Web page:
SWITZERLAND – The long and protracted sale of Syngenta has finally been sealed after China National Chemical Corporation (ChemChina) and Syngenta announced a definitive deal for ChemChina to acquire the Swiss agrochemicals and seed giant for an all-cash US$43 billion.
In the deal, ChemChina will acquire Syngenta at US$465 per ordinary share plus a special dividend of CHF 5 to be paid conditional upon and prior to closing.
The offer is equivalent to a Swiss franc value of CHF 480 per share. Syngenta shareholders will in addition receive the proposed ordinary dividend of CHF 11 in May 2016.
The state-owned ChemChina-Syngenta deal, if approved, will be the biggest foreign acquisition by a Chinese company, and comes after the Chinese company’s recent acquisition of the German equipment maker KraussMaffei.
In announcing the deal, Syngenta Chairman Michel Demaré is confident the ChemChina deal offers Syngenta shareholders the best alternative and “respects the interests of all stakeholders.”
“In making this offer, ChemChina is recognizing the quality and potential of Syngenta’s business. This includes industry-leading R&D and manufacturing and the quality of our people worldwide.
The transaction minimizes operational disruption; it is focused on growth globally, specifically in China and other emerging markets, and enables long-term investment in innovation.
Syngenta will remain Syngenta and will continue to be headquartered in Switzerland, reflecting this country’s attractiveness as a corporate location,” Demaré said during the announcement.
The ChemChina deal provides current Syngenta management with the opportunity to continue to run the company, with Ren Jianxin, Chairman of ChemChina becoming Chairman of the company, and Michel Demaré, Vice Chairman and lead independent director.
John Ramsay, the current CEO will continue in the interim in his position.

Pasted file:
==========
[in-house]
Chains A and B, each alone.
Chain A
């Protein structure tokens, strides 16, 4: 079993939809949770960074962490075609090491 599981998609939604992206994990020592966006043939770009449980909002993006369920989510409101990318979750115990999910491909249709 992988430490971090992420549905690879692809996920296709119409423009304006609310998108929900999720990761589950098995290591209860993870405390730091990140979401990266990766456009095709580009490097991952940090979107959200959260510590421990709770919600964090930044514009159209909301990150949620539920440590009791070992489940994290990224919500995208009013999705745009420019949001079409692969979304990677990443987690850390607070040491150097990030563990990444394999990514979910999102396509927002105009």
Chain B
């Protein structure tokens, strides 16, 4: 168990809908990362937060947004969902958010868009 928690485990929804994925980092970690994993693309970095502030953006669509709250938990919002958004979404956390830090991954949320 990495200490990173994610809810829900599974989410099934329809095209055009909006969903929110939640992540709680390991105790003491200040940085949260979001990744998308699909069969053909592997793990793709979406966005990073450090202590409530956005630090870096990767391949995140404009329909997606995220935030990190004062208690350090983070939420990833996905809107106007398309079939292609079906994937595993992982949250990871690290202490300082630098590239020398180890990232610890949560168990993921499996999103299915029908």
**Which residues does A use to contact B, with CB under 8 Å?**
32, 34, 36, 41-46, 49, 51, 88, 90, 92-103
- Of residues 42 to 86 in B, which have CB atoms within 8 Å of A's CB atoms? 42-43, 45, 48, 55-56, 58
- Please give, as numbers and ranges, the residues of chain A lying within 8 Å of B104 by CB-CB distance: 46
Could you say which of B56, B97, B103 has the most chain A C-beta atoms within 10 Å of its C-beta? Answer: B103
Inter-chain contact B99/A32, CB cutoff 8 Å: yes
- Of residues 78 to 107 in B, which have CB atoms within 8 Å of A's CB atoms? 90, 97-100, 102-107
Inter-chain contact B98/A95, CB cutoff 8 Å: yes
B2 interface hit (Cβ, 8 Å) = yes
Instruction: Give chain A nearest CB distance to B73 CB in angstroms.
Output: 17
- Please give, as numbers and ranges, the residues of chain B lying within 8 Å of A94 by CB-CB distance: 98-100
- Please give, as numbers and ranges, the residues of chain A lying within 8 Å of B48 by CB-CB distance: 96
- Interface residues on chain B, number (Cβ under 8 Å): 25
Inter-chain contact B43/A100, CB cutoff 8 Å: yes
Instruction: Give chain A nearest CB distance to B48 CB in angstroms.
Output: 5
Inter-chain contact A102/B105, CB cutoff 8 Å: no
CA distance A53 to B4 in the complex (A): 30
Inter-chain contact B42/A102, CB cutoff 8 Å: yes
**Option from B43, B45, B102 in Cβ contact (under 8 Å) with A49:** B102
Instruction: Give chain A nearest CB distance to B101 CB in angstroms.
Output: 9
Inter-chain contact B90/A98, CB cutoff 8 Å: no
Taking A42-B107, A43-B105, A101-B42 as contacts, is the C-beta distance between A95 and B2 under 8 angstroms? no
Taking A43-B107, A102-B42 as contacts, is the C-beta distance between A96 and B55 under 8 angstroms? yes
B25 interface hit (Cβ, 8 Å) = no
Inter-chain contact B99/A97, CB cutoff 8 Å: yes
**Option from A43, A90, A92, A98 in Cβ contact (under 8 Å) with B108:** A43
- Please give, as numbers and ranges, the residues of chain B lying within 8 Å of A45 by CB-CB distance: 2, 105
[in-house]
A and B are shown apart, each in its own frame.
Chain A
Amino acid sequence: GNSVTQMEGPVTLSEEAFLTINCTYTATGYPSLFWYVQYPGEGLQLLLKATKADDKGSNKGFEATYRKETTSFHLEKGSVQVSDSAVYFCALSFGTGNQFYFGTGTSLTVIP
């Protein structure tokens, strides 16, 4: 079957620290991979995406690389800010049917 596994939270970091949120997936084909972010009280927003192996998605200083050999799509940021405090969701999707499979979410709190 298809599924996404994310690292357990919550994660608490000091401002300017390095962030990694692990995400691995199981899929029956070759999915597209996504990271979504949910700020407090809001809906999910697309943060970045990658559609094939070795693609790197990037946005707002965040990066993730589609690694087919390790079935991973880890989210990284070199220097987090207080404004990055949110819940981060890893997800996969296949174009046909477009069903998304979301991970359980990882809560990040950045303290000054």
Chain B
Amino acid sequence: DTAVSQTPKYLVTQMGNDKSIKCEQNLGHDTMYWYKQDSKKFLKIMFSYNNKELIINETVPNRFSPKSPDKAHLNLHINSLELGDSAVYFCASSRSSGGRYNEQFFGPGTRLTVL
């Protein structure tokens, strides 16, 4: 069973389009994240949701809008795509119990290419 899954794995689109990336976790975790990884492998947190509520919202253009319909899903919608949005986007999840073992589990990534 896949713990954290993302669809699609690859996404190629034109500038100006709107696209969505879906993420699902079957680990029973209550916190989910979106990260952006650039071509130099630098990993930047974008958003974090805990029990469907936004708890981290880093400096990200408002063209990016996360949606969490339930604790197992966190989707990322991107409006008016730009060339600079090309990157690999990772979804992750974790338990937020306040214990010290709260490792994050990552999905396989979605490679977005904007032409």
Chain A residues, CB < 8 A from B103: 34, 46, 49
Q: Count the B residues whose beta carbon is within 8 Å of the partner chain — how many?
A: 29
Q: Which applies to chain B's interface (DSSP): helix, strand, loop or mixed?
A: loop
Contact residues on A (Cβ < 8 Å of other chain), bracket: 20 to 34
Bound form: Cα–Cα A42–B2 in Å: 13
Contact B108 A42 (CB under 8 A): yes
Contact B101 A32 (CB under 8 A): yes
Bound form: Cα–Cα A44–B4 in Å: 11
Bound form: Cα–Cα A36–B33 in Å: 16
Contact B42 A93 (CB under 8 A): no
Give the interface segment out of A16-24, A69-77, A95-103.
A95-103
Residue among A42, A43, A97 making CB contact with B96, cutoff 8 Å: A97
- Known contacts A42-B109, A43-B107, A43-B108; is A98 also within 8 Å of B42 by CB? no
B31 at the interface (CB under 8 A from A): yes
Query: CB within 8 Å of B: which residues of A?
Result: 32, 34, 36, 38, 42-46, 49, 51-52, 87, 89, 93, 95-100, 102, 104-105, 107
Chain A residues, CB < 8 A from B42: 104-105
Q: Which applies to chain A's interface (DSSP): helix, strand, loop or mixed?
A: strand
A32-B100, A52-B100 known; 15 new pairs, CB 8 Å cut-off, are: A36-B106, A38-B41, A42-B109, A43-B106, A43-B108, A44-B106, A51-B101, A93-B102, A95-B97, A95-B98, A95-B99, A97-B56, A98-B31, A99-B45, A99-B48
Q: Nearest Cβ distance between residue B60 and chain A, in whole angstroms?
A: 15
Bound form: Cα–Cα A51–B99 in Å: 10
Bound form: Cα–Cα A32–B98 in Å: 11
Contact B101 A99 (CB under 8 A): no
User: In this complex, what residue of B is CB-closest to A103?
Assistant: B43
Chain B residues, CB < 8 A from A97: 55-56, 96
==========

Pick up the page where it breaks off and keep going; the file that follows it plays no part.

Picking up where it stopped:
A new Board will include four independent directors of Syngenta, and ChemChina has committed to float the company’s shares in an IPO in a few years time, further sweetening the deal for Syngenta shareholders.
The deal comes at a time of industry consolidation as low commodity prices and tough environment force the agro giants to look at ways to cut costs while increasing output and profit to their shareholders.
It follows the recent announcement by Dow and DuPont to merge their operations, creating a US$130 billion agrochemicals, materials and specialty giant called DowDuPont.
Syngenta had last year refused to sign a deal with Monsanto, the world’s leader in seed technology and sales worldwide, in a deal that could have given Syngenta shareholders US$46 billion, more than the ChemChina offer.
However, Monsanto’s deal was in a combination of both cash and stock as opposed to ChemChina’s all-cash transaction. Further, the level of flexibility and control that ChemChina has provided to the Syngenta management and shareholders seemed to have made all the difference.
“The discussions between our two companies have been friendly, constructive and co-operative, and we are delighted that this collaboration has led to the agreement.
We will continue to work alongside the management and employees of Syngenta to maintain the company’s leading competitive edge in the global agricultural technology field.”
The transaction will enable further expansion of Syngenta’s presence in emerging markets and notably in China, the companies note in their statement. The deal is expected to close by end of this year.